A study of the concept of vagueness in the work of William James


 

William James and the Reinstatement of the Vague

William Joseph Gavin

cloth EAN: 978-0-87722-946-9 (ISBN: 0-87722-946-5)
$66.50, Jul 92, Out of Stock Unavailable
240 pp 5.5x8.25 145 tables


"This book shed much light on an important but neglected topic in the writings of a major American thinker. It is engagingly written and nicely organized; moreover, it is deeply researched and significantly novel."
Vincent M. Colapietro, Fordham University

Recently, the work of philosopher-psychologist William James has undergone something of a renaissance. In this book, William Gavin argues that James's plea for the "reinstatement of the vague" to its proper place in our experience should be regarded as a seminal metaphor for this thought in general. The concept of vagueness applies to areas of human experience not captured by facts that can be scientifically determined nor by ideas that can be formulated in words. In areas as seemingly diverse as psychology, religion, language, and metaphysics, James continually highlights the importance of the ambiguous, the contextual, the pluralistic, or the uncertain over the foundational. Indeed, observes the author, only in a vague, unfinished world can the human self, fragile as it is, have the possibility of making a difference or exercising the will to believe.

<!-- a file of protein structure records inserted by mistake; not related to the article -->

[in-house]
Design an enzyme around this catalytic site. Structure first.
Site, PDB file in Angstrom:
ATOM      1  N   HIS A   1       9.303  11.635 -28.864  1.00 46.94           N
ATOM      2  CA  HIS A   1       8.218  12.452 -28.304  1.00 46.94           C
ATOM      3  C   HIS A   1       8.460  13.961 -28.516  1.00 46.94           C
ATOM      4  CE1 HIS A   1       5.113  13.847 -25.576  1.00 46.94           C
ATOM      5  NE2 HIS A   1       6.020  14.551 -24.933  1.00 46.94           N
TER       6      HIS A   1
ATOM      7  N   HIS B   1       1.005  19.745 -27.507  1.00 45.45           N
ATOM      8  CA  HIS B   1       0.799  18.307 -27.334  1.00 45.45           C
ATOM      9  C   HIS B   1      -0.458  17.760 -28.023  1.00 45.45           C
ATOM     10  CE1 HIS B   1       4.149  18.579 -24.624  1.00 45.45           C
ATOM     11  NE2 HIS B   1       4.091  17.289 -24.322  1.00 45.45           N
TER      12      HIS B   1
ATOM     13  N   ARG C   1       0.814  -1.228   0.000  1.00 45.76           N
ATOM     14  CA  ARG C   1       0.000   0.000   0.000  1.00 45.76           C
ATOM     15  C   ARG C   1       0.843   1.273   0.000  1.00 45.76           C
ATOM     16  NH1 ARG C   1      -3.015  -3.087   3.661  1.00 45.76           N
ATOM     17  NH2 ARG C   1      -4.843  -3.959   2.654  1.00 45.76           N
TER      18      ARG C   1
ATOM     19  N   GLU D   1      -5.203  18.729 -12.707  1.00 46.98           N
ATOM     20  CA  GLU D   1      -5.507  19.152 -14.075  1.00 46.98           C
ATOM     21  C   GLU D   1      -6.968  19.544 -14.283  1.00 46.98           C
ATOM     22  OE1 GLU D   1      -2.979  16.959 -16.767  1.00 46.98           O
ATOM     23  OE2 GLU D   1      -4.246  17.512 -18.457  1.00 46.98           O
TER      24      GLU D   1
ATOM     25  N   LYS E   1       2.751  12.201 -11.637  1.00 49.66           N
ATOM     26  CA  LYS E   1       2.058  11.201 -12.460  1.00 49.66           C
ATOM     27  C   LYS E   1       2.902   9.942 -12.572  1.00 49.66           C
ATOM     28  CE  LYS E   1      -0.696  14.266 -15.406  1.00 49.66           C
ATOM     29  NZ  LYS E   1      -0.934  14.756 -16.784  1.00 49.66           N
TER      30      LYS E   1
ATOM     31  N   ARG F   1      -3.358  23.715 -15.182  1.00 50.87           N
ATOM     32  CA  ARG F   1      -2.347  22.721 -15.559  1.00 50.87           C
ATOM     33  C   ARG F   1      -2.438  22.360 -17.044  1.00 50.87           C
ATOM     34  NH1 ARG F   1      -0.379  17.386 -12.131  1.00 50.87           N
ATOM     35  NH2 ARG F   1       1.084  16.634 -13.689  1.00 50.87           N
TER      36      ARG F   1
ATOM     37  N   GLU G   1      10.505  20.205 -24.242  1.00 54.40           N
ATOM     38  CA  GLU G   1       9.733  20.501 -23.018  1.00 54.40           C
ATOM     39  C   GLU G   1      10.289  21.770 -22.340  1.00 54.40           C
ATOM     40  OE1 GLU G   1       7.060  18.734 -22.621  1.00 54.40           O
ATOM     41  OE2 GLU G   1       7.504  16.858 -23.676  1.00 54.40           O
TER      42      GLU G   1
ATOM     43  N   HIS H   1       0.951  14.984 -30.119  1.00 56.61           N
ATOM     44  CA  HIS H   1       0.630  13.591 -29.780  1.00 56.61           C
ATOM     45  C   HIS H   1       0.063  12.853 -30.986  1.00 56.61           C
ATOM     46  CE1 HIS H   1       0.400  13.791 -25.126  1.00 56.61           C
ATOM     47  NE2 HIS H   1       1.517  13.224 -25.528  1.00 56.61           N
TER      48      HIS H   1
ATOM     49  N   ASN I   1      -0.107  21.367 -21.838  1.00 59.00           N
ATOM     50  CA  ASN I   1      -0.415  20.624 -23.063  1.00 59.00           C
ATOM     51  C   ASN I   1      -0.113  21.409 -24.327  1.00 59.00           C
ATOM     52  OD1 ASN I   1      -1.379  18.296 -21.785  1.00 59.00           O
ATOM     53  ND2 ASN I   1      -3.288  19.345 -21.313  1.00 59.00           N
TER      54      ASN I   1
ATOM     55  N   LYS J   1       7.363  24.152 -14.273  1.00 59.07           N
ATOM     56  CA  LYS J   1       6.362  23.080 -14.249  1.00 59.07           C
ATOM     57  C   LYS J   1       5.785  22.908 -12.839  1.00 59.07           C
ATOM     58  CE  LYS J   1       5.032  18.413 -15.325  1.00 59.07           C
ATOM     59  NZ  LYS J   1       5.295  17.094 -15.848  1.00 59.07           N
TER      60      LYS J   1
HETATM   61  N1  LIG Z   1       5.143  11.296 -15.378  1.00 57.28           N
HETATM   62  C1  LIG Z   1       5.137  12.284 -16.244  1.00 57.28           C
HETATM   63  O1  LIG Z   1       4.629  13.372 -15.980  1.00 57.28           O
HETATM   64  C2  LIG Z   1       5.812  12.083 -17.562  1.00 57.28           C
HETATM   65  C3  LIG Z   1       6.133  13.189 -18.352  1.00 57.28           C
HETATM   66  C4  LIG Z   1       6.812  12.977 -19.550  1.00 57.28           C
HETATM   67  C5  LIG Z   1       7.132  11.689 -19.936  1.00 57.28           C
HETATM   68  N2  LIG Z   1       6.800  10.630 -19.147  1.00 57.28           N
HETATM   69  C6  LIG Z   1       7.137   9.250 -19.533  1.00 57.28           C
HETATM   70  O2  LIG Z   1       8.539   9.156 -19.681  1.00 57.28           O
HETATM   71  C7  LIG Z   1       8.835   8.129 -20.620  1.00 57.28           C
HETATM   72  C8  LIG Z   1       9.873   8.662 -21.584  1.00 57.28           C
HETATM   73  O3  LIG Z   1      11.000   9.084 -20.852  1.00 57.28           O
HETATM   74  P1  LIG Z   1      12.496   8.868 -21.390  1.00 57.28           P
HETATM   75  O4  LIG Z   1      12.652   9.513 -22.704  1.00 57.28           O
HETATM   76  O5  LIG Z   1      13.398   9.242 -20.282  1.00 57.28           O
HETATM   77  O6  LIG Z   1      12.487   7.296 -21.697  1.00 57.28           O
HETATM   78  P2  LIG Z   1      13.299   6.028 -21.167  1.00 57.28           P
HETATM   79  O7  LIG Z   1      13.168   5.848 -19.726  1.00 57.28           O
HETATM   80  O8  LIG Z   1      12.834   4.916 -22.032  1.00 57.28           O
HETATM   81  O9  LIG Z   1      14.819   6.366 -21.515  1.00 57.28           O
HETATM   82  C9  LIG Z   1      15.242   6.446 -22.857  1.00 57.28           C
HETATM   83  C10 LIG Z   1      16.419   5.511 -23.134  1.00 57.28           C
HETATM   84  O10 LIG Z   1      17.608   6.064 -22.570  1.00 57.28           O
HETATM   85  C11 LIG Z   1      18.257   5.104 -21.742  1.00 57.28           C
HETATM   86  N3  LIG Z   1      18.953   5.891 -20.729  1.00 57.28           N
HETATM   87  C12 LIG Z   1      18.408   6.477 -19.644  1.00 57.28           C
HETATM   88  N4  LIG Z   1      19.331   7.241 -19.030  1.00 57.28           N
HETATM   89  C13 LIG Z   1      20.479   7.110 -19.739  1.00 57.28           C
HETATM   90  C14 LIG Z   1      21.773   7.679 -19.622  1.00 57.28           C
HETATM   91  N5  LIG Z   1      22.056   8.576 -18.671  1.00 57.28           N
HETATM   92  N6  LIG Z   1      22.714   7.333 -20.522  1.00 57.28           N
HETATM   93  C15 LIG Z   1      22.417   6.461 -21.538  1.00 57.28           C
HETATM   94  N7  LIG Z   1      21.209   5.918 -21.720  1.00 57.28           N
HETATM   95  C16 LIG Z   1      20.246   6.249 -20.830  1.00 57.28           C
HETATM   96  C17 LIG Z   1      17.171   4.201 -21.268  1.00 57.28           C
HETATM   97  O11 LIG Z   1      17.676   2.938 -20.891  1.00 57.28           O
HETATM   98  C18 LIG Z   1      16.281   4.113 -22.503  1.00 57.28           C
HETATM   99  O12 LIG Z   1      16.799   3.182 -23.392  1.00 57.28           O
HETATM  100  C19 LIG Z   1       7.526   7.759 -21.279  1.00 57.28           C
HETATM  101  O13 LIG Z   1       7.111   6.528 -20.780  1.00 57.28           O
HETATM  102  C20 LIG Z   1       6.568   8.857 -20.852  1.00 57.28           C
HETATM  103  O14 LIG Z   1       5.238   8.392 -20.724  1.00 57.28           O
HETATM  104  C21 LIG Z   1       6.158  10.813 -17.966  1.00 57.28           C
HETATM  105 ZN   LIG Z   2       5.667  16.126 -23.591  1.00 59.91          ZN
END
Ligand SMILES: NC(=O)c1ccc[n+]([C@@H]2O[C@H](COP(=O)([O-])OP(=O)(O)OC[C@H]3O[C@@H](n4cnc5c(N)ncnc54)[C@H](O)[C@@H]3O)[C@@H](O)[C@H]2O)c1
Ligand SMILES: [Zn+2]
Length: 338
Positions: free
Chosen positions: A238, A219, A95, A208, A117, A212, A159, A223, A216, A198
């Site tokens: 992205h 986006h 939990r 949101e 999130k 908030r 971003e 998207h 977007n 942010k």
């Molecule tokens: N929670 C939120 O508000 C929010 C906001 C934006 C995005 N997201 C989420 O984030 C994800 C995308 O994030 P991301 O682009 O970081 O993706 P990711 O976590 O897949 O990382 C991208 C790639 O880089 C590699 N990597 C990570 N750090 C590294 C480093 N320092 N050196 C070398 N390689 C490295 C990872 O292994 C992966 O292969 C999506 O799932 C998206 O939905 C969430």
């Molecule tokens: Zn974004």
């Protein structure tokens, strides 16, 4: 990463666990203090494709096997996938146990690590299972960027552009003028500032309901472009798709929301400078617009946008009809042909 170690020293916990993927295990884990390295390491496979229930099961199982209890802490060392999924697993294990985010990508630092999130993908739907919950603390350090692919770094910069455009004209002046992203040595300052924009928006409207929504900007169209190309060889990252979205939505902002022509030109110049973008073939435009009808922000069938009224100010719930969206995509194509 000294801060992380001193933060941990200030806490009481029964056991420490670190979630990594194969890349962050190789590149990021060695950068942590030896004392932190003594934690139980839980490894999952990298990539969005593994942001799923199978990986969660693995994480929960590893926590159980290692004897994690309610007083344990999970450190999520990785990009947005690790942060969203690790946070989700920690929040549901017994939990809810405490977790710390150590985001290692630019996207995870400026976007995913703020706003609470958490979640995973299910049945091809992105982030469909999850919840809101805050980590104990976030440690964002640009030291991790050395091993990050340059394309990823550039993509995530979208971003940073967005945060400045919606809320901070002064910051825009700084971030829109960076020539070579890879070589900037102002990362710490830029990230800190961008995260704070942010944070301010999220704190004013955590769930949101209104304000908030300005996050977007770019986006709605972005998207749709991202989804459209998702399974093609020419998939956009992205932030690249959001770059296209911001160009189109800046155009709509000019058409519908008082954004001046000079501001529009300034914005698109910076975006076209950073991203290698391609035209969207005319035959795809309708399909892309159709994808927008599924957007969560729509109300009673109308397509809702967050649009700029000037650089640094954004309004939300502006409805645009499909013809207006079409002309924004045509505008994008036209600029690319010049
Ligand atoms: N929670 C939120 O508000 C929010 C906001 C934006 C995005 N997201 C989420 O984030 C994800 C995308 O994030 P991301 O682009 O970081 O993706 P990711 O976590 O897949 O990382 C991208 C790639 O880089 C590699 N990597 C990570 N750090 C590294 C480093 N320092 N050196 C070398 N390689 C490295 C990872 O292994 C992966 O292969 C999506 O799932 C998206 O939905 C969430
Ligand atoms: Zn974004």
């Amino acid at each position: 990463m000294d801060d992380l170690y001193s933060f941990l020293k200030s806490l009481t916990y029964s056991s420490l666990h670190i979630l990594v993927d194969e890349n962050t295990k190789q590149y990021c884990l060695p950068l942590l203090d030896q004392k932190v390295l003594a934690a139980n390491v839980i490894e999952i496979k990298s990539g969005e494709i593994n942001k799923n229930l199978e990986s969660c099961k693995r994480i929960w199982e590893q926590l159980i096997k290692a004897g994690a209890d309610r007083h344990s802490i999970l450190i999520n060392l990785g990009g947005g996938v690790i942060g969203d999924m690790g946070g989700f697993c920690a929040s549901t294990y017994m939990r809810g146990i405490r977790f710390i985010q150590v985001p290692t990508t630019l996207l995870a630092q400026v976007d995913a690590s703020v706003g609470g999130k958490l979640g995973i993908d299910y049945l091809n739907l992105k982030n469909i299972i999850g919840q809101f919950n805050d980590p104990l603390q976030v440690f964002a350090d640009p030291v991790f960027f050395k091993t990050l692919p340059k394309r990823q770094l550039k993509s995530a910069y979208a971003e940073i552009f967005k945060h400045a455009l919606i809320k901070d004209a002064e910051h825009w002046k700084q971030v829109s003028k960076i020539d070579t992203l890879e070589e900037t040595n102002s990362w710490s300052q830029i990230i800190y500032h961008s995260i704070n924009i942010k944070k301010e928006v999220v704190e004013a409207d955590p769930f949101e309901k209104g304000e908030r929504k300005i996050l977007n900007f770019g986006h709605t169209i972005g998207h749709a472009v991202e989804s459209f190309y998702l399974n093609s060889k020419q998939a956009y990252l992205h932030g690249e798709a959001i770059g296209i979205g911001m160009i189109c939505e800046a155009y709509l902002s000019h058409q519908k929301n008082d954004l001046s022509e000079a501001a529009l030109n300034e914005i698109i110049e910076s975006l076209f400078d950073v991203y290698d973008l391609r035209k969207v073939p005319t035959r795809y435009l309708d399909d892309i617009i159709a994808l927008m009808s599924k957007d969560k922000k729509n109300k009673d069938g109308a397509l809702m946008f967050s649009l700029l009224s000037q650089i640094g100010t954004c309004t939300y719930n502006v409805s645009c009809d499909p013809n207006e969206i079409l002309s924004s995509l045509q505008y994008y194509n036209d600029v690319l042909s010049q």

Taking James's plea seriously, Gavin looks to the work of other philosophers—including Peirce, Marx, Dewey, and, to a lesser extent, Rorty and Derrida—and shows that a version of James's position is central to their thought. Finally, Gavin provides a pragmatic upshot of James's plea, reaffirming the importance of the vague in two concrete areas: the doctor-patient relationship in medicine and the creating and experiencing of modern art.


Reviews

"Gavin has taken an often cited but seldom explored text from James and shown its significance for James's overall philosophy. He clearly and insightfully delineates the character and role of 'the vague' in James's metaphysics and shows its relevance for James's views on science, art, and especially religion."
Eugene Fontinell, Queens College, City University of New York


Contents

Acknowledgments
Introduction: Why "the Vague"?

Part I: Interpretations
1. "The Vague" in The Principles and "the More" in the Varieties: Some Preliminaries
2. Vagueness, God, and Actual Possibility
3. Vagueness in Science, Percepts, and Language
4. James's Metaphysics: Language as the "House of 'Pure Experience' "

Part II: Conversations
5. James, Peirce, and "The Will to Believe"
6. Text, Context, and the Existential Limit: "The Will to Believe" in Dewey and Marx

Part III: Applications
7. James and Modern Art: Process over Permanence
8. Vagueness and Empathy in Medicine: A Jamesian View

(Non)-Conclusion: Life as a "Real Fight"; Text as "Spur"
Notes
Index


 

About the Author(s)

William Joseph Gavin is Professor of Philosophy at the University of Southern Maine.


Subject Categories

Philosophy and Ethics

 

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